The UN Food and Agriculture Organisation (FAO) calculates that 1.3 billion tonnes of food is wasted each year, directly contributing to food shortages, water stress, unnecessary biodiversity loss, and increased greenhouse gas emissions. According to the Consultative Group on International Agricultural Research up to one third of all human- caused greenhouse gas emissions is created by the global food system.
When food is thrown away, it is not only the food item that is wasted. We must also consider the amount of resources put into producing that food; this means land, water and transport costs of creating that food must be included in the environmental cost of throwing it away.
The initial impact of Covid-19 on the food industry, before lockdown was announced on the 23rd March, was panic buying. The results of this are now being felt by the waste industry. According to one online retailer of surplus food and drink, they estimate that household food waste has risen 30% in two weeks as a result of stockpiling, which resulted in many goods bought in panic being discarded.
Secondary to this is the limitations faced by waste services due to staff shortages. As isolation measure were undertaken, many waste services have had to be restricted to all but essential. Food waste and recycling kerbside collections have been stopped in several councils across the country, resulting in food waste making its way into general waste disposal and landfill.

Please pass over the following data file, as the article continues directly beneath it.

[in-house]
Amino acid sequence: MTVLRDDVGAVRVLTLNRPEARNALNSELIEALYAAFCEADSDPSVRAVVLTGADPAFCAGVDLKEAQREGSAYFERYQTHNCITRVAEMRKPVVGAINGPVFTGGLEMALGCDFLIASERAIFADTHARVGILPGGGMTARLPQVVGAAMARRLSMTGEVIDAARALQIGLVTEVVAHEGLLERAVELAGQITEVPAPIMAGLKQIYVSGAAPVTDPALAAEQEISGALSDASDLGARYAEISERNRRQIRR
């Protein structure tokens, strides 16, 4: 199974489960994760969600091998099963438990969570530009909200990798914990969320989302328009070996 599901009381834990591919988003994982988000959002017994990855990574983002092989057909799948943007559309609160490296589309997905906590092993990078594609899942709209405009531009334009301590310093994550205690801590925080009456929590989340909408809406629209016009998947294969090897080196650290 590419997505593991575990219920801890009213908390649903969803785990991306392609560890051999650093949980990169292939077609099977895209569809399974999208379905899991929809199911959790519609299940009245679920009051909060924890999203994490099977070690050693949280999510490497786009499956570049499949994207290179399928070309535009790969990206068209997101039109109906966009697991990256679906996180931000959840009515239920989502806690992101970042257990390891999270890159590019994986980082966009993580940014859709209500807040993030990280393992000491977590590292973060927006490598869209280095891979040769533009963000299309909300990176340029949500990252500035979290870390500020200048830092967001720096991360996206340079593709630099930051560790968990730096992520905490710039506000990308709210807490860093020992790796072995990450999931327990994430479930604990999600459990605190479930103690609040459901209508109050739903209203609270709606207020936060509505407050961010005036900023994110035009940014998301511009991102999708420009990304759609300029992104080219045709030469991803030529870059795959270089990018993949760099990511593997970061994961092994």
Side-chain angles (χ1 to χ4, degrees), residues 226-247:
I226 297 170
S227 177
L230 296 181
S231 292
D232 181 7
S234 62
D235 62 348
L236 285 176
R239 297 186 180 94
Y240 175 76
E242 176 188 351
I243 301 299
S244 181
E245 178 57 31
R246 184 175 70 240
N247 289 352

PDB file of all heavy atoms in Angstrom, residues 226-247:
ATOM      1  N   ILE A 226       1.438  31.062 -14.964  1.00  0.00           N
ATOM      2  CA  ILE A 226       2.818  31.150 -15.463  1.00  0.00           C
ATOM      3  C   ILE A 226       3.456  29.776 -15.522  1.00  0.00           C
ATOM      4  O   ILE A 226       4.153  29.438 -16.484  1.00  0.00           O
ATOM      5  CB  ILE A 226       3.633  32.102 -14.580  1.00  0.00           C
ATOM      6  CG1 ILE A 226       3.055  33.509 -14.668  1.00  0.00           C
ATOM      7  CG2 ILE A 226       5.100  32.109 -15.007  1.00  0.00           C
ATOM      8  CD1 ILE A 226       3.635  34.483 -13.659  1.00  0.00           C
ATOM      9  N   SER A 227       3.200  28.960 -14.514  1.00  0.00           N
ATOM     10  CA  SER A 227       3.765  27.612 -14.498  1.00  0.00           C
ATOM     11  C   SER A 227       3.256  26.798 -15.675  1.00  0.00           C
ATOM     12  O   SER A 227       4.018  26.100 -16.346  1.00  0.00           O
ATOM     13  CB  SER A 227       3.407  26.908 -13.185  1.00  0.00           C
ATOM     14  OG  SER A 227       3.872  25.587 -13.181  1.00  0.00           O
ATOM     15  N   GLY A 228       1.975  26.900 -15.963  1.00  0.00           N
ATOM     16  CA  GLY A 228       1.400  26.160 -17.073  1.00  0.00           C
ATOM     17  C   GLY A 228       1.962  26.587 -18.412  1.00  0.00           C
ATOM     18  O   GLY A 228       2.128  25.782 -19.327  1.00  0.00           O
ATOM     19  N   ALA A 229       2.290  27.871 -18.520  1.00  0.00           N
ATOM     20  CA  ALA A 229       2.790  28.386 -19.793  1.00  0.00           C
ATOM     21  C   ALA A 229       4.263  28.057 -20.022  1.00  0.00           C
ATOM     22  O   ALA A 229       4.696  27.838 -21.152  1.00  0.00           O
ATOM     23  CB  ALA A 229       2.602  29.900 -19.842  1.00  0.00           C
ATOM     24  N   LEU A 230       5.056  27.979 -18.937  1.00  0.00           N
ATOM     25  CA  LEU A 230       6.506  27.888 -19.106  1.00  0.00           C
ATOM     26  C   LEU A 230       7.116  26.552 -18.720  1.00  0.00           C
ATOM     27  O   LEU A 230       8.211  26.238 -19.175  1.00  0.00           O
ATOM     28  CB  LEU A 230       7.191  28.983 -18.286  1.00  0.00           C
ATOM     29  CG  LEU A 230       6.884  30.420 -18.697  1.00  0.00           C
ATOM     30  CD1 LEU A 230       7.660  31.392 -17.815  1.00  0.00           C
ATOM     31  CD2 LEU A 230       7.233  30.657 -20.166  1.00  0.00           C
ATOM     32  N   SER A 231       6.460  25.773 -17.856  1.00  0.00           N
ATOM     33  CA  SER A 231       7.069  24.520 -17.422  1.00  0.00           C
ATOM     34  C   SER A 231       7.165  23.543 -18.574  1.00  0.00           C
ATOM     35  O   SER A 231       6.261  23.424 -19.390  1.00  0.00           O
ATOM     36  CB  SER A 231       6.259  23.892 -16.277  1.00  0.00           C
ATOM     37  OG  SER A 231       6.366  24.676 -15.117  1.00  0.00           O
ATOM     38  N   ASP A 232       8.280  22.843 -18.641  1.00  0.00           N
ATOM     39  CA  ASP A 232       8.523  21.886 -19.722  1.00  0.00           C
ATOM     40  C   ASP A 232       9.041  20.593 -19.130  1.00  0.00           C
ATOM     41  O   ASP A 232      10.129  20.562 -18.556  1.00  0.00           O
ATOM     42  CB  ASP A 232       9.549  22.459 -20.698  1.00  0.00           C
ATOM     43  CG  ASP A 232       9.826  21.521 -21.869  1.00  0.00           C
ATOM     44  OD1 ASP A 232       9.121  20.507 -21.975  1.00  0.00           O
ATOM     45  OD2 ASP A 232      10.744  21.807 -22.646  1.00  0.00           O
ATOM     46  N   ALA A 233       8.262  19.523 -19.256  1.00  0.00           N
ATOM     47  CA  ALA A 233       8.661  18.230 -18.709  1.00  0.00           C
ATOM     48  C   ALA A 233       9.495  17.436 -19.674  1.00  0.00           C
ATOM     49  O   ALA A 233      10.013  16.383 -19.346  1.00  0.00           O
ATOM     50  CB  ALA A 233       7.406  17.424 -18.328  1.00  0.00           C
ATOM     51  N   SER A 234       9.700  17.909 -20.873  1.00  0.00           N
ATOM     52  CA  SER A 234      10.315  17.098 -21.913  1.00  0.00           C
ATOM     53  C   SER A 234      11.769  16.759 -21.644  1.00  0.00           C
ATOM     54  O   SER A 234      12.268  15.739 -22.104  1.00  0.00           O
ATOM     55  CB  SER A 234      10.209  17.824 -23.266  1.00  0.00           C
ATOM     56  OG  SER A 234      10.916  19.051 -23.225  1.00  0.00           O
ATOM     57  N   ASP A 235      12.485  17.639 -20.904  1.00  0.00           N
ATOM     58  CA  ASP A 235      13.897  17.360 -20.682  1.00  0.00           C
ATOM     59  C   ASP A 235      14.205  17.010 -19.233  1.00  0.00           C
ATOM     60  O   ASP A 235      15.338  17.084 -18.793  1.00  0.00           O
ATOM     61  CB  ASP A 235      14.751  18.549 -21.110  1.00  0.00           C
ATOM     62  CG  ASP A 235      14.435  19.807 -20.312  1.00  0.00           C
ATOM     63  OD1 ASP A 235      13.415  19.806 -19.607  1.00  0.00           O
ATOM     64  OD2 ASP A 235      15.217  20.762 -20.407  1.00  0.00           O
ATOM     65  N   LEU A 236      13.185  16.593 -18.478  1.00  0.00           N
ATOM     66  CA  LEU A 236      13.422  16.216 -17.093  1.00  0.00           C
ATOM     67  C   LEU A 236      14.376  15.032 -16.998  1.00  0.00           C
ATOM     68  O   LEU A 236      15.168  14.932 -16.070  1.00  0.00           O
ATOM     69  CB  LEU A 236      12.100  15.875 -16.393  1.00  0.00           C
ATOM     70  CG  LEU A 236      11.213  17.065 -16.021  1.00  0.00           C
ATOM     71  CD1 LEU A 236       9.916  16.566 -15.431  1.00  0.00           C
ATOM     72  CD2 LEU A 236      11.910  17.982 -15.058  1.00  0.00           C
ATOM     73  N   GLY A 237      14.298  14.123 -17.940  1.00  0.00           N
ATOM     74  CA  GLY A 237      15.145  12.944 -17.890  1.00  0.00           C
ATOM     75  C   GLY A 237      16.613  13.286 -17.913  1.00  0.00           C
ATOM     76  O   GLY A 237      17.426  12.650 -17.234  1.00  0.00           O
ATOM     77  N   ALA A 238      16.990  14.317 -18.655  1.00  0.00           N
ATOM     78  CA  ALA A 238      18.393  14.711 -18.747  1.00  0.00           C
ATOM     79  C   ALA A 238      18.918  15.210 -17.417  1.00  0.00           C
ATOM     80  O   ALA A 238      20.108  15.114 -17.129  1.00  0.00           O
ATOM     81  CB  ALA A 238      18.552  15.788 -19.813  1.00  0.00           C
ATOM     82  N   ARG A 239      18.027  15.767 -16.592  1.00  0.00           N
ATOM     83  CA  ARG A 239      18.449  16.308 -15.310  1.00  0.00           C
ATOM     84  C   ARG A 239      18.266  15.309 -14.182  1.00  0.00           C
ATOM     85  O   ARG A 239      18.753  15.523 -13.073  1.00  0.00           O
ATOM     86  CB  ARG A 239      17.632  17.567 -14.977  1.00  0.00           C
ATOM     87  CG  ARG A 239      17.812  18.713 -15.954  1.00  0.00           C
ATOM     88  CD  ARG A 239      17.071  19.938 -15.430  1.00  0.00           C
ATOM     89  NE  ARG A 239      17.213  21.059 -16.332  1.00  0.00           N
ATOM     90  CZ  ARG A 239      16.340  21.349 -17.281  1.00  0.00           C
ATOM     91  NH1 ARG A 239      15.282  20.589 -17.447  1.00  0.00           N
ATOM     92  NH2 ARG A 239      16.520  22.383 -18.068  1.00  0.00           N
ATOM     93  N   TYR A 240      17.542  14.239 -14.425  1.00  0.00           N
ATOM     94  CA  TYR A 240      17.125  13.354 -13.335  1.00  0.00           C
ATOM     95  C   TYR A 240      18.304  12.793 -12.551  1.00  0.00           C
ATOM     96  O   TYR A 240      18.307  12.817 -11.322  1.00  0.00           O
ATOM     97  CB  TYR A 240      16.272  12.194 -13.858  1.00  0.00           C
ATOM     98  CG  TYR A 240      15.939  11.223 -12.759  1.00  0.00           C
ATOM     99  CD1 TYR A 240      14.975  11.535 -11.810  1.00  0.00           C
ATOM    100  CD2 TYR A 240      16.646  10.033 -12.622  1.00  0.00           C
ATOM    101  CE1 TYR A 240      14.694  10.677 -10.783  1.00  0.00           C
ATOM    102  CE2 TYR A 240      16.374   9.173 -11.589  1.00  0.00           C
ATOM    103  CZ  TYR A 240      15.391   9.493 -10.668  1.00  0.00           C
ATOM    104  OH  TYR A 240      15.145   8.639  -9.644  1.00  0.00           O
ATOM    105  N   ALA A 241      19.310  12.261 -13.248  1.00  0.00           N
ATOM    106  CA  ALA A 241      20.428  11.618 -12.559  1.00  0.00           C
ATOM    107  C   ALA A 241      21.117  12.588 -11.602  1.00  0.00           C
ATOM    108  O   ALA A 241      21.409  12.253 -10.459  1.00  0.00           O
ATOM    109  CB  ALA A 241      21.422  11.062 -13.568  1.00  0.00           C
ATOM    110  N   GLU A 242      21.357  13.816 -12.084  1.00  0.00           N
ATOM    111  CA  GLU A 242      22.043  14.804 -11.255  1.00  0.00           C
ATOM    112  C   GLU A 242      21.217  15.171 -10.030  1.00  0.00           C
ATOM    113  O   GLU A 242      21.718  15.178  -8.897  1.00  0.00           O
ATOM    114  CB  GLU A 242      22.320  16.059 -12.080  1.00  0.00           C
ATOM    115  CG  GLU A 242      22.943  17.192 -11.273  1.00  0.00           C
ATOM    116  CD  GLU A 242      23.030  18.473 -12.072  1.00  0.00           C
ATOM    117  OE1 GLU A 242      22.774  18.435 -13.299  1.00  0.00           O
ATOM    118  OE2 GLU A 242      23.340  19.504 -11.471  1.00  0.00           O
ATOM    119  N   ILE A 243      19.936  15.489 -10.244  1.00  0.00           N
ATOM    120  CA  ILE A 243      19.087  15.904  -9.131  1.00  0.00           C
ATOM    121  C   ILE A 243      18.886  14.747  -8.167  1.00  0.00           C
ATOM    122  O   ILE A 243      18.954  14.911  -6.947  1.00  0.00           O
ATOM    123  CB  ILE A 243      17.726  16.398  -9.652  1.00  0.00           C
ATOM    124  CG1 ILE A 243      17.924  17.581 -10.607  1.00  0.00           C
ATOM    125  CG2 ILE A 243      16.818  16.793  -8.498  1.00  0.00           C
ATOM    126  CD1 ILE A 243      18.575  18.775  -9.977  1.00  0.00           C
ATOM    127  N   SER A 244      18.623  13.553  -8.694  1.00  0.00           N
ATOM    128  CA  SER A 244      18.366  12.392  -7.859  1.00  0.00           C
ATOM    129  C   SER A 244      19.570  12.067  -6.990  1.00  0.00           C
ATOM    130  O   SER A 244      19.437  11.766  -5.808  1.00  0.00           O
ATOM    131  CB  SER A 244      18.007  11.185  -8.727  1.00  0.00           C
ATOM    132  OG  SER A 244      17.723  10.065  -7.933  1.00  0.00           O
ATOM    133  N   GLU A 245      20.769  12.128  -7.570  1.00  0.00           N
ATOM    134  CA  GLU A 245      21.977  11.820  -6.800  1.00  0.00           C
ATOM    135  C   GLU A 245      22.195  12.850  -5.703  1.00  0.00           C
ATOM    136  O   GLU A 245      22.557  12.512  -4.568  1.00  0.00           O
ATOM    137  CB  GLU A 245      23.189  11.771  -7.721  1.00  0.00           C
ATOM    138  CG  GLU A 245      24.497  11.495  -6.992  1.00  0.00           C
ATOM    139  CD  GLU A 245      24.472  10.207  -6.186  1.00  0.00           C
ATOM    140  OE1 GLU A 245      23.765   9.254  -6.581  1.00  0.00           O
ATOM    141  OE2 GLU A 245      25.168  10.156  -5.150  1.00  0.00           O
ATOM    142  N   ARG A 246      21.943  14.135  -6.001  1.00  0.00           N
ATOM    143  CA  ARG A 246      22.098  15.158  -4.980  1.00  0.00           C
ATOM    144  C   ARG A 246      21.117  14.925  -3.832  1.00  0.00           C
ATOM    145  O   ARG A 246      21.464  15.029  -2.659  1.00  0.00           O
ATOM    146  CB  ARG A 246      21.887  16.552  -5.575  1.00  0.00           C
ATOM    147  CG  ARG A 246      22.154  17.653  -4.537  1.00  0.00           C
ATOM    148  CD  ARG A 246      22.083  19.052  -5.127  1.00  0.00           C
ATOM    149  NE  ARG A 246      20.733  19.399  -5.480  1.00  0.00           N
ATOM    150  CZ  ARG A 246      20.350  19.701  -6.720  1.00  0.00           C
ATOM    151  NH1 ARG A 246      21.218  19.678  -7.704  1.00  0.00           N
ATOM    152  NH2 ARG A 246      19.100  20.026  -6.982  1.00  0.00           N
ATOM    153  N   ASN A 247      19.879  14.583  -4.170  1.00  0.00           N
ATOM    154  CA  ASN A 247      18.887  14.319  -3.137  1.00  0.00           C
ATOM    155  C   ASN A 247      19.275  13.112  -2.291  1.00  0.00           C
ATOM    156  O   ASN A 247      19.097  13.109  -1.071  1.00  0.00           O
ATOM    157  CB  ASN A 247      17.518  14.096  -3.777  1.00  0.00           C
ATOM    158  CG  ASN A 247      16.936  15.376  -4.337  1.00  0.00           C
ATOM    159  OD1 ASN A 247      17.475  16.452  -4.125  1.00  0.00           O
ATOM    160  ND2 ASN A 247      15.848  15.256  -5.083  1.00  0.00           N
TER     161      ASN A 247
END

The panic buying also had a knock-on effect to many charities who rely on donations of long-life goods as food banks saw a major reduction in donations from the public. As the lockdown has begun, many households have been hit hard, those relying on food banks has increased with many people now unable to work. Charities such as The Felix Project, who we supported in 2019, have quadrupled food deliveries to vulnerable Londoners through the Food For London Now appeal.
The current lockdown and restrictions may, however, be changing consumer habits around food and food waste. Approved Food has campaigned for a decade for a better understanding of ‘best before’ dates on food labels, that it says leads to tonnes of perfectly good food being “needlessly binned” every year. And it seems that the result of reduced access to foodstuffs, plus limiting the number of shopping trips to all but purchasing ‘essentials’, has resulted in households wasting less, according to The Guardian.
Almost half of people (48%) said they were throwing away less food and of those wasting less, more than half (51%) said they were planning meals more carefully and getting better at using up their leftovers. Consumers are also making better use of their freezer, with about a third using it more and freezing a wider variety of foods.
Jimmy Dorrell, Head of Sustainable Business at Clarity Environmental, commented that it is positive to see food waste being addressed at a national level.
“Often food waste, and the environmental impacts of it, is overshadowed by other environmental concerns. However, with the lockdown resulting in people paying more attention to their consumption, food choices and meal planning, it does seem that food waste is starting to resonate more with people at home.
“The simple act of restricting the number of shopping trips means that people have to use what they have to hand and make an effort to plan accordingly. And rather than throwing away an item that has gone past its ‘best by’, people are using their sense to establish if it really is edible or not. With the additional time people have at home they can focus on meal planning to reduce waste. This is a really positive sign that will hopefully change attitudes permanently.”
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